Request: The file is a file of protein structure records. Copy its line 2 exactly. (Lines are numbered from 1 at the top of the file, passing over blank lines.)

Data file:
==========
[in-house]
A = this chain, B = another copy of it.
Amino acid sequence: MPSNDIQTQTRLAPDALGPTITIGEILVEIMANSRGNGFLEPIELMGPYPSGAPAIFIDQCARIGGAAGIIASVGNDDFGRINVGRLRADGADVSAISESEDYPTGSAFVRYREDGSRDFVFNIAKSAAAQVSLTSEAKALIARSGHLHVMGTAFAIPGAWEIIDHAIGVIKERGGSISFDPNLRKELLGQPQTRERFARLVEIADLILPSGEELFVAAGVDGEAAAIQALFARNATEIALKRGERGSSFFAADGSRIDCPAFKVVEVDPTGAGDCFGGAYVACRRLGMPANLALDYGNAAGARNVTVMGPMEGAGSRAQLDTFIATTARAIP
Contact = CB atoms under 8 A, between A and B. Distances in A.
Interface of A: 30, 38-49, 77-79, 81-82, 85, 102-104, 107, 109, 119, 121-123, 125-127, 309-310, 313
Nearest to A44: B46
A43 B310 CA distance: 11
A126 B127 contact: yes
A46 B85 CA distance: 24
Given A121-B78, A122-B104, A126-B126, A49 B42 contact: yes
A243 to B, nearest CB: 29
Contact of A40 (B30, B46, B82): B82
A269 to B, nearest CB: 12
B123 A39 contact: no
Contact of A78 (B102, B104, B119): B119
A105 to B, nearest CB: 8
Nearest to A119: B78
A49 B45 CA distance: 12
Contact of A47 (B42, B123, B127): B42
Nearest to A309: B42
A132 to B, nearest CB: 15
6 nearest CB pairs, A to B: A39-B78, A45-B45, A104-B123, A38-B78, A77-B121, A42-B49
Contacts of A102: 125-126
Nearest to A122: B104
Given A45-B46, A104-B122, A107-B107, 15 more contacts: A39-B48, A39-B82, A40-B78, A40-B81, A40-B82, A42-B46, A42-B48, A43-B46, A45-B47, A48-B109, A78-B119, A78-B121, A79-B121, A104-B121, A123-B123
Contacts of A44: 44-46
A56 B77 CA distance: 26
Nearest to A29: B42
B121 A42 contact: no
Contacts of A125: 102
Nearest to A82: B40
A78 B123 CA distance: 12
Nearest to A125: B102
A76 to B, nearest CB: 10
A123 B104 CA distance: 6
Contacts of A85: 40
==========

A = this chain, B = another copy of it.